Collective Bargaining and the Right to Know Law   Other bills heard in committee hearings recently include two proposals to modify right-to-know statutes regarding collective bargaining

(HB 1344, HB 1579-FN).  AFT-NH opposes these proposals, and is joined in that opposition by the NH Municipal Association.  As stated in their recent bulletin, “the results could be disastrous.  Requiring all negotiating to be done in public could lead to grandstanding and refusals to compromise by either side.  This seems to be, as the saying goes, a solution in search of a problem.”  Could not say it any better than that!

Death Benefit for School Employees   This coming week there will be hearings on HB 1277, which would return the State back to the standard of three years consecutive teaching after which a teacher is entitled to notification and a hearing if not reappointed.  This used to be the standard, but in 2011 the length of time that a teacher is an “at will” employee was lengthened to five years.  What this means is that while a teacher must seek recertification every three years, she or he faces five years of uncertainty in terms of employment.  AFT-NH’s experience has been that lengthening the period of “at will” employment has not resulted in any significant rise in the number of teachers terminated, so there seems to be no problem that was solved by this change.  Moreover, at a time when many Districts face serious problems in regards to teacher recruitment and retention, how does maintaining five years of uncertainty improve the situation?  Teachers could still be terminated after three years under this proposal—it simply removes the arbitrariness to the process, and when applicable, brings in just cause and binding arbitration.  AFT-NH supports this bill as an improvement in public education and a partial solution to the recruitment and retention problems plaguing public education in New Hampshire.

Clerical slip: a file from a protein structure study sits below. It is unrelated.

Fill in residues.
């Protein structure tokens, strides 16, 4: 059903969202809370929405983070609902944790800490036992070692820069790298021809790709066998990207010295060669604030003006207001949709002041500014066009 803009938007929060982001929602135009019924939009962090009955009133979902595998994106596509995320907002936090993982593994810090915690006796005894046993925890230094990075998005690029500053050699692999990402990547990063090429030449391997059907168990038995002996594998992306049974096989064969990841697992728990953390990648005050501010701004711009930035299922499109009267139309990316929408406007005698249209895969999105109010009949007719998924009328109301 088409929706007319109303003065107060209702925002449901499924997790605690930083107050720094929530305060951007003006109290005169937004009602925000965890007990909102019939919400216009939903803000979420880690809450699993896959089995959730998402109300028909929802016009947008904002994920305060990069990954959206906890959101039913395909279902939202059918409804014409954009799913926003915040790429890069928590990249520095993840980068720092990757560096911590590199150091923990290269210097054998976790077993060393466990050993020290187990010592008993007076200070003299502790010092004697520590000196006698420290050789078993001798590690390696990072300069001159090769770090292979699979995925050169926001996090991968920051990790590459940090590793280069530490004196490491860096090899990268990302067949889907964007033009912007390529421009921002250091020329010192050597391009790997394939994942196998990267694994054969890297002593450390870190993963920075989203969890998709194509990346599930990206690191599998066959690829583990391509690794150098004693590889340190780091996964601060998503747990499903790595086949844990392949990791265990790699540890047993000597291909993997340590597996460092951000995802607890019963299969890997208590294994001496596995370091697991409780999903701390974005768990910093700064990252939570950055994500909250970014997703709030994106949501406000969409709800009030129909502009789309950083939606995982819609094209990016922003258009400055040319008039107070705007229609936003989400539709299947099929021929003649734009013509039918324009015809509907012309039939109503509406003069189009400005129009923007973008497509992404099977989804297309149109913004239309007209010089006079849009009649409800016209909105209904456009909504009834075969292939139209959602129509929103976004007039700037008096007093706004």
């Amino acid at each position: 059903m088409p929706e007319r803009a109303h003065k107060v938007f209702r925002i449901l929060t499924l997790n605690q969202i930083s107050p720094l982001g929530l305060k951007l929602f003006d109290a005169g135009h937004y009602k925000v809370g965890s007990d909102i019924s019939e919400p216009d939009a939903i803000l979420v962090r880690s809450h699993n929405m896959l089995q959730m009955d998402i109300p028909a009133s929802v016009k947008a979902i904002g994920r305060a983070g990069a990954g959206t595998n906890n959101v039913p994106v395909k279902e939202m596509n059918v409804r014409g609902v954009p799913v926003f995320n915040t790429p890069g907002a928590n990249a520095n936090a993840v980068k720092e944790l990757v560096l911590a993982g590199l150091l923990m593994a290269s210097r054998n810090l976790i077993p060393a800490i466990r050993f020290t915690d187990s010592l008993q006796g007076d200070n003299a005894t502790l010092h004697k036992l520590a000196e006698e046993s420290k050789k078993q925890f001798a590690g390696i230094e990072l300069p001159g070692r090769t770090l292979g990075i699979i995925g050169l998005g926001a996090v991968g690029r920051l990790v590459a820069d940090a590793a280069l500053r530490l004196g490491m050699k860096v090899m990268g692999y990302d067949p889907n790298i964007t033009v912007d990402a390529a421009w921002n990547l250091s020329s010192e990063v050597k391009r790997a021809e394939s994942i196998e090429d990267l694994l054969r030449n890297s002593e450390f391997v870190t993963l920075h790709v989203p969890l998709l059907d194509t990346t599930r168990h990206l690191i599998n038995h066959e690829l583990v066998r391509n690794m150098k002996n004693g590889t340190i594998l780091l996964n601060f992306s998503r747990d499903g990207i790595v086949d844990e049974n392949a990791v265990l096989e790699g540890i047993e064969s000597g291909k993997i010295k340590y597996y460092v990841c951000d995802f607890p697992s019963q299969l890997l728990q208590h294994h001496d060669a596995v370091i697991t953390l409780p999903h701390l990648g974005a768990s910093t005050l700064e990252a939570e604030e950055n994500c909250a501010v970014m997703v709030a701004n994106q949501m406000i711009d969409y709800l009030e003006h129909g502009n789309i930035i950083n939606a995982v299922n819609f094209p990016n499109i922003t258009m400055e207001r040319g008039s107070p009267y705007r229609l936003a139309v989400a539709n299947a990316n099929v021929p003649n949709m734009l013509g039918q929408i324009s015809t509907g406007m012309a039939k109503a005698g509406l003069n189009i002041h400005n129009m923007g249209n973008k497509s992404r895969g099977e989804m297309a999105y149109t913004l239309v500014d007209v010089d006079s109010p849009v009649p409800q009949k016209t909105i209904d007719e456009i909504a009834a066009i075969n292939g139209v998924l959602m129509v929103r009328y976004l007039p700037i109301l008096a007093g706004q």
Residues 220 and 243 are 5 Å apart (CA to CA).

Finally, the proposal to provide a death benefit to the family of any school personnel killed in the line of duty (HB 1415) will voted on in committee this coming week.  AFT-NH supports this bill as proper recognition by the State that educators, along with fire-fighters and law enforcement personnel, are now too often on the front lines protecting the lives of citizens.  Please read our testimony here. Too many school tragedies have occurred in recent years and even in just the past month.  Money cannot restore or make up for the losses suffered by families who lose a loved one in a violent criminal act at school, but we should at least recognize and honor the sacrifice of those protecting the lives of others.  We hope such a benefit never needs to be paid in New Hampshire, but let us at least honor those who train for such emergencies and will undoubtedly risk life and limb to protect students, our children. 

In Solidarity,

Douglas Ley

AFT-NH, President

dley@aft-nh.org

603 831 3661 (cell)

603 223 0747